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Customers’ Trust Not What You Say But What You Do!

Building trust does not happen in a vacuum, it is based on both offline and online customer experience, every communication and every interaction. You must consistently deliver on your promises over time putting your customer first. Only then will you become the go-to trusted provider in your niche.

With social media, the go-to customer complaints tool, if you get it wrong, bad customer experiences are shared and amplified to influence hundreds of your potential customers.

I attended a social media workshop, I arrived on time but it was not until 40 minutes in that the host did a mic check.  The event was not well attended so I introduced myself and talked to the woman sitting next to me, she was a fashion designer.  She was just finishing off the last five words of her sentence when the host told us from stage “ladies I am talking!”  I raised my eyebrow as I thought it was unnecessary and rude, after all we were filling in for their lateness and by the time he started reprimanding us we had already finished.

The host opens the event with “please do not come into the room if you have not completed the form and signed wavier. He elaborates that we must sign-off on our image being used in photos or video, that he was once caught out by a woman who complained that he did not have here permission to use her image. The host continued, “do not take photos and if you want to text, go to the back of the room, that it is distracting for the speaker,” then looking at me and the fashion designer the host said, “if you want to talk go out of the room or to the back of the room as this is distracting to the speaker.”

Great welcome!

We were then told to introduce ourselves to three people on the opposite side of the room, I spoke to four people and gave out my card to two people, and was in a conversation with another person when the host came up to me and then the fashion designer asking us to step out of the room so he can talk to us. We were taken down a long corridor and I did wonder if I was going to have to report to the headmaster’s office, because there the social media speaker waiting for us.  I listened to the host say that he wanted the day to run smoothly and that he did not like our response when asked us to pay attention.  The fashion designer tried to explain that she was just finishing here sentence. I told the host that he had jumped the gun, the event had not started yet and if we had been talking through your mornings presentation I would understand you talking to us.

I told them that I met three years ago in Birmingham when we all were finalist in 2014 APCTC awards and I came to their event to support them and I would normally take photos and social share my positive experience. I continued that I too am Master of Ceremonies and speaker and I have never been to an event that has stated with you cannot do these things as it distracts the speaker! This event was supposed to start an hour ago, this is ridicules and I am leaving now. As I walked away, the host said, ‘you have not giving me an opportunity to apologise’, I said you have been standing there for ten minutes and have had plenty of opportunity.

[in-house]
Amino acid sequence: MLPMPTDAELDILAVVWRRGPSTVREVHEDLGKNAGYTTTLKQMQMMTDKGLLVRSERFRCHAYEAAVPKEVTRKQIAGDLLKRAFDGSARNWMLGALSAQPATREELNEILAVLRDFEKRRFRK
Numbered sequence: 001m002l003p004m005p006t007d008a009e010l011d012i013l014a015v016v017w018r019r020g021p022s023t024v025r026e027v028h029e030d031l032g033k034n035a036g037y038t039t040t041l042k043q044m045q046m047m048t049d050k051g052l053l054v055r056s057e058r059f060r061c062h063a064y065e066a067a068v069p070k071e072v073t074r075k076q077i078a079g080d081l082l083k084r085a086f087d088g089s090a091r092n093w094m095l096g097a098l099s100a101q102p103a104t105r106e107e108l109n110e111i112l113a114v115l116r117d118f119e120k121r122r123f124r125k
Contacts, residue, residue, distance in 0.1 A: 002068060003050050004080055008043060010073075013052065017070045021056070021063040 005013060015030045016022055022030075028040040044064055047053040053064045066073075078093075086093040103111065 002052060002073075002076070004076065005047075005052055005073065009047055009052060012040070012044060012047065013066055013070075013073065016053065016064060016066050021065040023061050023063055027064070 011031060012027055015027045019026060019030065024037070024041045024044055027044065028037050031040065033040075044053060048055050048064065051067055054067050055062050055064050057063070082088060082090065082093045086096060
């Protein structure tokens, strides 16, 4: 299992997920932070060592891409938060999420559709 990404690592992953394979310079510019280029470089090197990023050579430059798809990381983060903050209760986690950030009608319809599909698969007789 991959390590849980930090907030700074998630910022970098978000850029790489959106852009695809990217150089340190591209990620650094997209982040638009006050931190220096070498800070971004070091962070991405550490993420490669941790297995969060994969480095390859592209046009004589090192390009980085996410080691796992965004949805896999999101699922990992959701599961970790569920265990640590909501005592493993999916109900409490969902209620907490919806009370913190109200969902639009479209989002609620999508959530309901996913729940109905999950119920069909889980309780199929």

70% of buying experiences are based on how the customer feels they are being treated, state McKinsey.

I will not be recommending this brand or their events.

The problem here was not putting your customers first and not being organised and so they lost control of the event putting themselves first.

6 Ways to Remain Focused on Delivering Great Customer Event Experience:

  1. Arrive early and be ready to start on time. Even if there is one person in the room, out of respect for those that have arrived on time, start on time. I saw a banner being erected on stage during the networking and a mic check at 9.45am.
  2. Start right and communicate the agenda. Energy, welcome, introduction and agenda, however you start, start right so the audience knows what to expect and is excited to stay.
  3. Have you got it right for your audience? This event was on Sunday and possibly this target audience go to church therefore a 9am start was not appropriate.
  4. Get your people and processes aligned. If you should not enter the room without signing the waiver why let people into the room to complete the form?
  5. Only tell stories that add value to the audience. I do not need to know that you are protecting your interest and so you need me to sign the waiver.
  6. If you get it wrong make an apology the first thing you say. Then put it right and then add more value to build trust.

Research by Ruby Newell-Legner reveal ‘it takes 12 positive experiences to make up for one unresolved negative experience’, so why create a bad customer experience? News of bad customer experience reaches more than twice as many ears as praise for a delightful experience and importantly it destroys trust in you and your brand.

Trust is a by-product of how you treat your customers, what you give you get amplified back.  Your brand must reflect your authentic self to be trusted and valued by your customers, then and you are able to give the right results to the right people over the long haul.

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